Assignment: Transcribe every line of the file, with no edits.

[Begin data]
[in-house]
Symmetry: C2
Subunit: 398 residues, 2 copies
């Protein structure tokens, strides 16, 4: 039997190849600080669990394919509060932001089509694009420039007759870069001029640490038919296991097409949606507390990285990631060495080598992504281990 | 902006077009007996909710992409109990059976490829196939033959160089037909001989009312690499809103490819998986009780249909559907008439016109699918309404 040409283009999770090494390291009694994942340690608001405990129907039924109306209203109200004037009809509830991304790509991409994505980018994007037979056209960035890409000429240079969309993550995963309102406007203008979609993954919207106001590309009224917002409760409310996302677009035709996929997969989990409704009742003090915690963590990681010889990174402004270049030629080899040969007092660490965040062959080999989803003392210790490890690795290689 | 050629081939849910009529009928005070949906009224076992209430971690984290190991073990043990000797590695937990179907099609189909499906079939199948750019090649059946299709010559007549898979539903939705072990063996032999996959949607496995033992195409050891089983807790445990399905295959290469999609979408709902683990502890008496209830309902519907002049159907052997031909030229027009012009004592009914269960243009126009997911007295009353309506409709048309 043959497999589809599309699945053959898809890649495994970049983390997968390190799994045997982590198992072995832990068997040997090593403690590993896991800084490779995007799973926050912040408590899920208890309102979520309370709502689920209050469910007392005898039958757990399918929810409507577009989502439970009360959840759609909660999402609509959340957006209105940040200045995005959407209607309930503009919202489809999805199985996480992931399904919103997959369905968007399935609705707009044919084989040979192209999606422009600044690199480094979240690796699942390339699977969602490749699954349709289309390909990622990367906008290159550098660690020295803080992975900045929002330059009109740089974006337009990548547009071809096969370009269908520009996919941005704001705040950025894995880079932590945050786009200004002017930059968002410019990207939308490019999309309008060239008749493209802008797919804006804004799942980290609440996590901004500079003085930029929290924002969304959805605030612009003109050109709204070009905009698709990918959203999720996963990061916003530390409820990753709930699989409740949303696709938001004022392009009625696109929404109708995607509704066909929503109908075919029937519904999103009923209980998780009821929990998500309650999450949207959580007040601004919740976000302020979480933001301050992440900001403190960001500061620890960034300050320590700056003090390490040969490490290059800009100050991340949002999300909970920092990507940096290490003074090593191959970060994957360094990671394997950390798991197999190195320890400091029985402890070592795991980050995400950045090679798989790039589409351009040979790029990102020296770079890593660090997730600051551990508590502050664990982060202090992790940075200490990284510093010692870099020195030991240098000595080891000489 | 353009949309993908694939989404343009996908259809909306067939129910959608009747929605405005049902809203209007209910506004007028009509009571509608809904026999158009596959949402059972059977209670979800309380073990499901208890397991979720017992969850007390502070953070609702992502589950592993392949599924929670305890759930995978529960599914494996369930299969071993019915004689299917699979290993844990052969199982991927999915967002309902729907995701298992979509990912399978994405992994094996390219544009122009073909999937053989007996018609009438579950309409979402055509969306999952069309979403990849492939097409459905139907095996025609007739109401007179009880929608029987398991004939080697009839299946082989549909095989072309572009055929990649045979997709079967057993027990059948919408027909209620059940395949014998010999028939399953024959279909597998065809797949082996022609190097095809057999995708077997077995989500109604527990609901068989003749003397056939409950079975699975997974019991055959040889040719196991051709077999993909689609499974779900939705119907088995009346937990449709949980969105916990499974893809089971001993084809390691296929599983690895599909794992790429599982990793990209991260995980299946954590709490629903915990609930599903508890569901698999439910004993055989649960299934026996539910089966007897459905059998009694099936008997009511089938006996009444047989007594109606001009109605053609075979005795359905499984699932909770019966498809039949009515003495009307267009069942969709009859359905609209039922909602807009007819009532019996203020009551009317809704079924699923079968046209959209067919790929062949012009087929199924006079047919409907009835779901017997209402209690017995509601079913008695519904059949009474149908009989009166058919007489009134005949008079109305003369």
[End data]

[in-house]
Symmetry: C2
Subunit: 398 residues, 2 copies
């Protein structure tokens, strides 16, 4: 039997190849600080669990394919509060932001089509694009420039007759870069001029640490038919296991097409949606507390990285990631060495080598992504281990 | 902006077009007996909710992409109990059976490829196939033959160089037909001989009312690499809103490819998986009780249909559907008439016109699918309404 040409283009999770090494390291009694994942340690608001405990129907039924109306209203109200004037009809509830991304790509991409994505980018994007037979056209960035890409000429240079969309993550995963309102406007203008979609993954919207106001590309009224917002409760409310996302677009035709996929997969989990409704009742003090915690963590990681010889990174402004270049030629080899040969007092660490965040062959080999989803003392210790490890690795290689 | 050629081939849910009529009928005070949906009224076992209430971690984290190991073990043990000797590695937990179907099609189909499906079939199948750019090649059946299709010559007549898979539903939705072990063996032999996959949607496995033992195409050891089983807790445990399905295959290469999609979408709902683990502890008496209830309902519907002049159907052997031909030229027009012009004592009914269960243009126009997911007295009353309506409709048309 043959497999589809599309699945053959898809890649495994970049983390997968390190799994045997982590198992072995832990068997040997090593403690590993896991800084490779995007799973926050912040408590899920208890309102979520309370709502689920209050469910007392005898039958757990399918929810409507577009989502439970009360959840759609909660999402609509959340957006209105940040200045995005959407209607309930503009919202489809999805199985996480992931399904919103997959369905968007399935609705707009044919084989040979192209999606422009600044690199480094979240690796699942390339699977969602490749699954349709289309390909990622990367906008290159550098660690020295803080992975900045929002330059009109740089974006337009990548547009071809096969370009269908520009996919941005704001705040950025894995880079932590945050786009200004002017930059968002410019990207939308490019999309309008060239008749493209802008797919804006804004799942980290609440996590901004500079003085930029929290924002969304959805605030612009003109050109709204070009905009698709990918959203999720996963990061916003530390409820990753709930699989409740949303696709938001004022392009009625696109929404109708995607509704066909929503109908075919029937519904999103009923209980998780009821929990998500309650999450949207959580007040601004919740976000302020979480933001301050992440900001403190960001500061620890960034300050320590700056003090390490040969490490290059800009100050991340949002999300909970920092990507940096290490003074090593191959970060994957360094990671394997950390798991197999190195320890400091029985402890070592795991980050995400950045090679798989790039589409351009040979790029990102020296770079890593660090997730600051551990508590502050664990982060202090992790940075200490990284510093010692870099020195030991240098000595080891000489 | 353009949309993908694939989404343009996908259809909306067939129910959608009747929605405005049902809203209007209910506004007028009509009571509608809904026999158009596959949402059972059977209670979800309380073990499901208890397991979720017992969850007390502070953070609702992502589950592993392949599924929670305890759930995978529960599914494996369930299969071993019915004689299917699979290993844990052969199982991927999915967002309902729907995701298992979509990912399978994405992994094996390219544009122009073909999937053989007996018609009438579950309409979402055509969306999952069309979403990849492939097409459905139907095996025609007739109401007179009880929608029987398991004939080697009839299946082989549909095989072309572009055929990649045979997709079967057993027990059948919408027909209620059940395949014998010999028939399953024959279909597998065809797949082996022609190097095809057999995708077997077995989500109604527990609901068989003749003397056939409950079975699975997974019991055959040889040719196991051709077999993909689609499974779900939705119907088995009346937990449709949980969105916990499974893809089971001993084809390691296929599983690895599909794992790429599982990793990209991260995980299946954590709490629903915990609930599903508890569901698999439910004993055989649960299934026996539910089966007897459905059998009694099936008997009511089938006996009444047989007594109606001009109605053609075979005795359905499984699932909770019966498809039949009515003495009307267009069942969709009859359905609209039922909602807009007819009532019996203020009551009317809704079924699923079968046209959209067919790929062949012009087929199924006079047919409907009835779901017997209402209690017995509601079913008695519904059949009474149908009989009166058919007489009134005949008079109305003369």